And here we see the American news media being somewhat deceptive, as is its fallback position when something uncomfortable has been uncovered and judged necessary to finess.

Because the “leased Swift boat” doesn’t quite pass muster as a humanitarian ferry. In fact, any web survey of it (the ship is designated HSV-2, paradoxically, similar to the mouth/venereal virus) shows it has spent most of its years as a logistical support unit in the US Navy.

Indeed, for the USN, HSV-2 did not look like a “ferry” at all. It looked like a warship.

And even the densest among us will have to concede something that looks like a warship, even if only a logistical one, is fair game in a bitter civil war.

As a consequence of the attack on the HSV-2, we sent two warships into the area, probably knowing full well they’d draw some manner of attack. Which they did. This, in turn, can lead to what our Sec’y of Defense, Ashton Carter, weirdly might call a virtuous cycle, one in which the US military deliveries retaliations upon mostly defenseless targets all out-of-proportion to the nature of whatever insult to American power has previously occurred.

Virtuous cycles, a much better term than hit jobs, right?

Yemen is the poorest country in the Middle East.

09.30.16

Designated Survivor: Awkward cognitive dissonance

Posted in Culture of Lickspittle, War On Terror at 11:54 am by George Smith

On the latest Designated Survivor, Kiefer Sutherland as President Tom Kirkman is confronted with a crisis: Michigan, Michigan (!) under the governor, cast to vaguely look like the guy who poisoned Flint, won’t recognize the federal government and its governor has ordered a pogrom against Muslims which results in the a young man being beaten to death by batons, captured on smartphone. Plus there’s a general roundup of Muslims, one vignette with a B-list character getting a stop-and-frisk.

Kirkman gets the governor to order his police force to stand down and release its prisoners by telling a lie, that undercover Feds have been jailed and must be set free to continue their investigations.

Remarkable that the President can make a video conference call and get this done. Too bad the country can’t jump into the Hollywood script and order a stop to street executions, eh?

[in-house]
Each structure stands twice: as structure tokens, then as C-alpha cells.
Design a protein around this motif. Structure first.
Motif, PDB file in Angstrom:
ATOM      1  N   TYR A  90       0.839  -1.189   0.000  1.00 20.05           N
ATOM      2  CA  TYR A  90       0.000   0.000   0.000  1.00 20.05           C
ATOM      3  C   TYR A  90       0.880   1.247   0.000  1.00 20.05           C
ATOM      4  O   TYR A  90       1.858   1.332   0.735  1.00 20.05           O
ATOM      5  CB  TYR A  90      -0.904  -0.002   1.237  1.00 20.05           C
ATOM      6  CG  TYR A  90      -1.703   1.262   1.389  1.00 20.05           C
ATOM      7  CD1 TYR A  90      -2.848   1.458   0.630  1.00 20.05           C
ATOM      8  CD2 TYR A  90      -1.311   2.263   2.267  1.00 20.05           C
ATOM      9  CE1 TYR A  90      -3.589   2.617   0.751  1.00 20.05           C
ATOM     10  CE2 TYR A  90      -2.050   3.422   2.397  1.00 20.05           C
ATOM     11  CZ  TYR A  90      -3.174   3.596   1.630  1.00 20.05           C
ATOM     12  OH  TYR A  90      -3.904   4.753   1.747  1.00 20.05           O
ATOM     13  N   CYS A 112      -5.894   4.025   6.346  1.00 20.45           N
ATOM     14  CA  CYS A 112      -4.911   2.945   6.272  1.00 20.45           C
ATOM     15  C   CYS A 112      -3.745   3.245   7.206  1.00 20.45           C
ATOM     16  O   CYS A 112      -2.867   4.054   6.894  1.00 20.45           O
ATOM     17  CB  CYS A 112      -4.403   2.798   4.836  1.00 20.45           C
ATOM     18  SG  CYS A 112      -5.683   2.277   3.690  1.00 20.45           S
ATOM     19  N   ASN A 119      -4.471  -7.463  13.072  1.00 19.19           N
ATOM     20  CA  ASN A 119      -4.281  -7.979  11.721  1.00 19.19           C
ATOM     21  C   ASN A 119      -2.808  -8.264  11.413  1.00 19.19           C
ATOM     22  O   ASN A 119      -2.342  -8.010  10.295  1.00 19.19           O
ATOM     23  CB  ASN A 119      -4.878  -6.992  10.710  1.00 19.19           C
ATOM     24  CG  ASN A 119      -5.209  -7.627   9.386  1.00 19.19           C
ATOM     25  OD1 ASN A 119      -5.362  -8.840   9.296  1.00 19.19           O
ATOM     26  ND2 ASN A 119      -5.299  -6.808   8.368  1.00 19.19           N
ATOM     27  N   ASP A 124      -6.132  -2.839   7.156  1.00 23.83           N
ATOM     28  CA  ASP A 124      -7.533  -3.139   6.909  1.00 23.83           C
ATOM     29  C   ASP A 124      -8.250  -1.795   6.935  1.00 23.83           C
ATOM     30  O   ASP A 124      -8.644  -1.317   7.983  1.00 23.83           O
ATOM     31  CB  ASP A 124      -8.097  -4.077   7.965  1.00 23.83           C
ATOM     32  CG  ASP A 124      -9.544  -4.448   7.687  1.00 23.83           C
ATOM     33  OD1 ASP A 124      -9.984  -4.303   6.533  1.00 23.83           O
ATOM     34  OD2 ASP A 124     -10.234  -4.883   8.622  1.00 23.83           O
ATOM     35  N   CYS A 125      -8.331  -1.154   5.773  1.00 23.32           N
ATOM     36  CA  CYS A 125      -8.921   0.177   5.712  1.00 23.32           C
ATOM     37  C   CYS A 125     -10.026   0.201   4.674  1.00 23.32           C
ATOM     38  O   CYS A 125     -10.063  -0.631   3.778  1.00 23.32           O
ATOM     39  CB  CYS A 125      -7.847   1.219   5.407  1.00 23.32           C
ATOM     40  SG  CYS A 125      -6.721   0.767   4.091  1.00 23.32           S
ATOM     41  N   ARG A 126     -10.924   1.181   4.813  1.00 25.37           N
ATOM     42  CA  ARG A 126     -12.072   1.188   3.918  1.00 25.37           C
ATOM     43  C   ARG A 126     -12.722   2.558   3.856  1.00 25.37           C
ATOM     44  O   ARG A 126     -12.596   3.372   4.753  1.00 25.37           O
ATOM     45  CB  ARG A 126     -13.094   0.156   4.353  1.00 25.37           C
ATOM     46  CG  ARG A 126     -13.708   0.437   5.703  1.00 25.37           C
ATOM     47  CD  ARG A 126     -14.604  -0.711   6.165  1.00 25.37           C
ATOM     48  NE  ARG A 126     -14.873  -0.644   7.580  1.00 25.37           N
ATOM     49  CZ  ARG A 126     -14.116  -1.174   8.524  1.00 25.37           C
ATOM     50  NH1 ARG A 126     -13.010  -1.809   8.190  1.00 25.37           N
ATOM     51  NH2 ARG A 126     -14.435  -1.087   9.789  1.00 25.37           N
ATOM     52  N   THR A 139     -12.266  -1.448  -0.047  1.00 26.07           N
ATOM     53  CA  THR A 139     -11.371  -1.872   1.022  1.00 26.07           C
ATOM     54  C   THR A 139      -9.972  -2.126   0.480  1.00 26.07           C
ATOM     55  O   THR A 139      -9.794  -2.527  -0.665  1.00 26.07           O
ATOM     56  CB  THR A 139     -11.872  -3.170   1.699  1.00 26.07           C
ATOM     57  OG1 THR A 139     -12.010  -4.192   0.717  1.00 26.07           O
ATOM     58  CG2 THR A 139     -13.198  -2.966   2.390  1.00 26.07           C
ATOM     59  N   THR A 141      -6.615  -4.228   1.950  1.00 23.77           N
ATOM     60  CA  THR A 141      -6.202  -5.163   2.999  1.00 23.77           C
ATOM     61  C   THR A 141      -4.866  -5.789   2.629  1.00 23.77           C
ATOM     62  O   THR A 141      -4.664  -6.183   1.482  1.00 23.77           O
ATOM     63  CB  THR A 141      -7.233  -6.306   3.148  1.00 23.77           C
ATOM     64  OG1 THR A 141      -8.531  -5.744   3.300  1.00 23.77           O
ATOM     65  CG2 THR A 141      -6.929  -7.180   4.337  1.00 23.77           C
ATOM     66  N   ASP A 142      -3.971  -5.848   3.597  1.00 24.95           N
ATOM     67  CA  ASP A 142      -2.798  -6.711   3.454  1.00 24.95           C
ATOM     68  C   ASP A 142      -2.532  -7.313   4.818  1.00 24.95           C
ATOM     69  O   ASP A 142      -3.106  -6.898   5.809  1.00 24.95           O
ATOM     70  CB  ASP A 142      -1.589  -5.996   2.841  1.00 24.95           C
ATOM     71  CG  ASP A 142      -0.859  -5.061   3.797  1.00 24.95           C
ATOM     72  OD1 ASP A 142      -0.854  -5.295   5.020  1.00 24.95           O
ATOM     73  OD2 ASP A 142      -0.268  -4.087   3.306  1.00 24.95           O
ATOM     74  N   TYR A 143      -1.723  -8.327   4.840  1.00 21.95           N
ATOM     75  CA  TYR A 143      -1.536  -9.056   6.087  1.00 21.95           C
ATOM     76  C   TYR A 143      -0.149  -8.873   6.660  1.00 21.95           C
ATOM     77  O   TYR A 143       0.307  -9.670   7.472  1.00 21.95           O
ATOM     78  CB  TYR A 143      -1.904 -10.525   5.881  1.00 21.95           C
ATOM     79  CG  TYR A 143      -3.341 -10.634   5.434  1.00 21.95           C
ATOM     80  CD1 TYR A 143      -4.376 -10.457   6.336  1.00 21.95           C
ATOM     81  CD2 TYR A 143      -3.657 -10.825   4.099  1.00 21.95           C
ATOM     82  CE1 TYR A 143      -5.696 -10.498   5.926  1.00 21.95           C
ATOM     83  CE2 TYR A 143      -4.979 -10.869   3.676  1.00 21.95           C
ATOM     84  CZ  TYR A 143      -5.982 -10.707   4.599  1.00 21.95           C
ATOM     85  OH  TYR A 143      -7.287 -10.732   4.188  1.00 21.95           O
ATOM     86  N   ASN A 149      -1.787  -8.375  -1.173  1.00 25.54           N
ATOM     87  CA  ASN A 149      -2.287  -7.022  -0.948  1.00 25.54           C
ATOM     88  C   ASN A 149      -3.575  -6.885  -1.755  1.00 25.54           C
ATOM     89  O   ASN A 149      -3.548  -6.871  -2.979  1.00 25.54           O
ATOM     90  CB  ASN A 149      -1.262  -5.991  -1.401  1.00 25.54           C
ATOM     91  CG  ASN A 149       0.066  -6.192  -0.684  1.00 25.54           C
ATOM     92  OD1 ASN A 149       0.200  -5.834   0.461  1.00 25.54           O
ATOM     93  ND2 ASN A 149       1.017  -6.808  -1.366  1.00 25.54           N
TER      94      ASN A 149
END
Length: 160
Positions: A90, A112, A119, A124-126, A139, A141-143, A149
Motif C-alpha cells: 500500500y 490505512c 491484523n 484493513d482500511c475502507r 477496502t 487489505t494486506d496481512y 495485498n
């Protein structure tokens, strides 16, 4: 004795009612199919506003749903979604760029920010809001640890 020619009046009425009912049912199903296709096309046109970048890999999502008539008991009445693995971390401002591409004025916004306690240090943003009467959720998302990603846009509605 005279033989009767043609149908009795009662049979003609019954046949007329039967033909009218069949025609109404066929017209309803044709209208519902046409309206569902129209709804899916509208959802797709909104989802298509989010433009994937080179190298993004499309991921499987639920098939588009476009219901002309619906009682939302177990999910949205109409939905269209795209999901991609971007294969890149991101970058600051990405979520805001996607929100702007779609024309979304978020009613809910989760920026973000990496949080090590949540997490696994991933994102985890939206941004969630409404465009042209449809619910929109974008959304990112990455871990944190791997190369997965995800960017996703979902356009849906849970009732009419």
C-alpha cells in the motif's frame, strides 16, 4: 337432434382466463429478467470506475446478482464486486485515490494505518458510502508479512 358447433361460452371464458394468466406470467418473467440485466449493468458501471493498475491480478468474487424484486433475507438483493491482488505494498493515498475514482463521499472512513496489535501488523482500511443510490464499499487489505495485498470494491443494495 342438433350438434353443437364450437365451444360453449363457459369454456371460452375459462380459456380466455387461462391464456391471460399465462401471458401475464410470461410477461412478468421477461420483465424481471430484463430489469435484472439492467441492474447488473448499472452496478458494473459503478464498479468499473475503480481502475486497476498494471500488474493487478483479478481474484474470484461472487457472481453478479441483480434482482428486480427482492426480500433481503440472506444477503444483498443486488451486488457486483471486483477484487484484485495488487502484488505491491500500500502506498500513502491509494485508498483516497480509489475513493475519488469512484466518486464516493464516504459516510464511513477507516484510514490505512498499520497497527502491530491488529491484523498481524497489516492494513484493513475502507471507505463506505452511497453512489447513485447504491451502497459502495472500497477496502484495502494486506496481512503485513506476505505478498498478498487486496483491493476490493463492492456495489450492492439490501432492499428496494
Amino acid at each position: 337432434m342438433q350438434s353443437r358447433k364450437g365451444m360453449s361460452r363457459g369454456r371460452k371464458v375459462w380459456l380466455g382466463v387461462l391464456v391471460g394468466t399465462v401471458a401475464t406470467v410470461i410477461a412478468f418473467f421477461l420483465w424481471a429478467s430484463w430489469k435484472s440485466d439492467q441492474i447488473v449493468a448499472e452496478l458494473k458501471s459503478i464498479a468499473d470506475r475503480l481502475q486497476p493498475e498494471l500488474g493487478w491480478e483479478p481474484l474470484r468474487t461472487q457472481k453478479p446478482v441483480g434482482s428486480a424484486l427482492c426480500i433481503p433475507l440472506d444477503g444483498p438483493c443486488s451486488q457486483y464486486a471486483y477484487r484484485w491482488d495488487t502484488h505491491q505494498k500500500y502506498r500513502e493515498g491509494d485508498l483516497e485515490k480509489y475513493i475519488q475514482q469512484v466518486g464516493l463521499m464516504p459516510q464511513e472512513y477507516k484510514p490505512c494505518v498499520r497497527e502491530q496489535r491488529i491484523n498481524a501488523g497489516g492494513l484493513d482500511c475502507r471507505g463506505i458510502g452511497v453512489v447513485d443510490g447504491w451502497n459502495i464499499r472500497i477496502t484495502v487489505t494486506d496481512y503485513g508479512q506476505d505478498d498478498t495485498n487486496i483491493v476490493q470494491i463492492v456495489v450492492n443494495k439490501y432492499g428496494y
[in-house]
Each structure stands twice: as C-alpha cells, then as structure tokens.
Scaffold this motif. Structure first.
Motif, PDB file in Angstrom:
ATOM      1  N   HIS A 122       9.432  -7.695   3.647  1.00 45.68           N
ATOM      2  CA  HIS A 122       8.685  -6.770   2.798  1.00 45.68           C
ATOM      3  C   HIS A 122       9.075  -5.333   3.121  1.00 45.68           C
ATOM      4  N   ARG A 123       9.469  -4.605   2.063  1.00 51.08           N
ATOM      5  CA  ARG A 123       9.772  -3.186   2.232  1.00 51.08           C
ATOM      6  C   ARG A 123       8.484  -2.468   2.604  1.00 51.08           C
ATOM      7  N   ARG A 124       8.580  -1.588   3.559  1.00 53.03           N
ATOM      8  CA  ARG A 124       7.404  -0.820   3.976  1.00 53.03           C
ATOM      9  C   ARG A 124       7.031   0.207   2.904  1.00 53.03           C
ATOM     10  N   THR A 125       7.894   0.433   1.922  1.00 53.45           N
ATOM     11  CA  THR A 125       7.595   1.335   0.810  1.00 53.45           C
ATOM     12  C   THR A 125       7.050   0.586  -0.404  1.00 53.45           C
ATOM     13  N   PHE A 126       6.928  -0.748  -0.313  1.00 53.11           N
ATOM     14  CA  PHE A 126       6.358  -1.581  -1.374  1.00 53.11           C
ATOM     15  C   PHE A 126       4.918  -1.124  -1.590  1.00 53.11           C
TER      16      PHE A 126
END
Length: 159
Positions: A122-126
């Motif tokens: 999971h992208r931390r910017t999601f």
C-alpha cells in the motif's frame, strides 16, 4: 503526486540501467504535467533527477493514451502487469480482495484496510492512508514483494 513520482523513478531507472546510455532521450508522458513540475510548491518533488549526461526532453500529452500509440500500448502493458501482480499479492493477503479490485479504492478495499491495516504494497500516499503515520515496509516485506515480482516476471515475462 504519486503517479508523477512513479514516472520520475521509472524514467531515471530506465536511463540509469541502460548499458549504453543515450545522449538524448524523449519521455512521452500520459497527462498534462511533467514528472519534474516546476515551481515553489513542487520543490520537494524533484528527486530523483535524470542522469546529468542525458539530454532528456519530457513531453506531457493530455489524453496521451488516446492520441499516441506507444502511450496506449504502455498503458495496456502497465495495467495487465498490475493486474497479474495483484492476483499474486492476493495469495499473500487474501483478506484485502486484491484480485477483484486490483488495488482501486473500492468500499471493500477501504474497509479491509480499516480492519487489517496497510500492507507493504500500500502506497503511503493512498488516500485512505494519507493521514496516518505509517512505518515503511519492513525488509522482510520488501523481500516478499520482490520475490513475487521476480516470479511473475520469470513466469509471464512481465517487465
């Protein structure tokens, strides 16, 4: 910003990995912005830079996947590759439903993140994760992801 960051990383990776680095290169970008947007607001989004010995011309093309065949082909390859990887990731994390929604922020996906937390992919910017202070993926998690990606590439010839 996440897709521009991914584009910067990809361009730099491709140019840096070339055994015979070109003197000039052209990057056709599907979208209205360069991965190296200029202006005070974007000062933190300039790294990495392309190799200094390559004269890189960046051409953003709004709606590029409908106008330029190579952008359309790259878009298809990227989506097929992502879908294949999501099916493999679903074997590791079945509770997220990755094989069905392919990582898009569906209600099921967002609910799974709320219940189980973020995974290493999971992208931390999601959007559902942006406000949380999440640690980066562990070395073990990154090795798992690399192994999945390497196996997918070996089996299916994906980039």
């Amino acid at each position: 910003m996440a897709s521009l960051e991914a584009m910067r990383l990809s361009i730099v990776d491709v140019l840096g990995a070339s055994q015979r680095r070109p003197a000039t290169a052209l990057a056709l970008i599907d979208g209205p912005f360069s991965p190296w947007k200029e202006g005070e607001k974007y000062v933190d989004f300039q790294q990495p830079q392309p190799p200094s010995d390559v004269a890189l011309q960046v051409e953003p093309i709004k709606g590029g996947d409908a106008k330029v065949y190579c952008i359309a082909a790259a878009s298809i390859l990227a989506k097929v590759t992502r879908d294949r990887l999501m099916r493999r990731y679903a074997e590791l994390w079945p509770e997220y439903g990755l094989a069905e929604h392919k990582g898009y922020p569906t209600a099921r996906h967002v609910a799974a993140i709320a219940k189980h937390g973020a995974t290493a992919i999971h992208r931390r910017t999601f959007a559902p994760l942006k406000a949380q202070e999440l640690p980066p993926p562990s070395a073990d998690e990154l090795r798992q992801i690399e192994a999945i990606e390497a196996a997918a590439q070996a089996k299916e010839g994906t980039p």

The second installment of Designated Survivor continues down its awkward path of unintentional cognitive dissonance. I’m sure Sutherland and a few other cast members are acutely aware of it, too.

09.14.16

Both were Americans

Posted in Bioterrorism, Ricin Kooks, War On Terror at 3:48 pm by George Smith

From an Associated Press story on August 23rd, on exotic weapons and emerging technologies in the hands of terrorists:

UNITED NATIONS — U.N. Secretary-General Ban Ki-moon said Tuesday that technological advances have made it easier for terrorist and criminal groups to obtain materials needed to make weapons of mass destruction, and some are actively trying to obtain nuclear, biological and chemical weapons to target civilians …

Gregory Koblentz, director of the Biodefense Graduate Program at George Mason University, said there are several emerging technologies that present challenges to international efforts to curb WMDs, including gene editing.

“Instead of gene drives being used to eliminate disease, they could be used to introduce new diseases into plant or animal populations,” he told the council.

Other potentially dangerous emerging technologies include the use of drones and the use of the Dark Web, which can only be accessed using special encryption software, guaranteeing anonymity to its users.

Koblentz said that in 2014 the U.S. arrested two people who had sold the toxins abrin and ricin — ricin is classified as a chemical weapon under the Chemical Weapons Convention — to customers in Austria, Canada, Denmark, England, India and the United States via a Dark Web marketplace called Black Market Reloaded.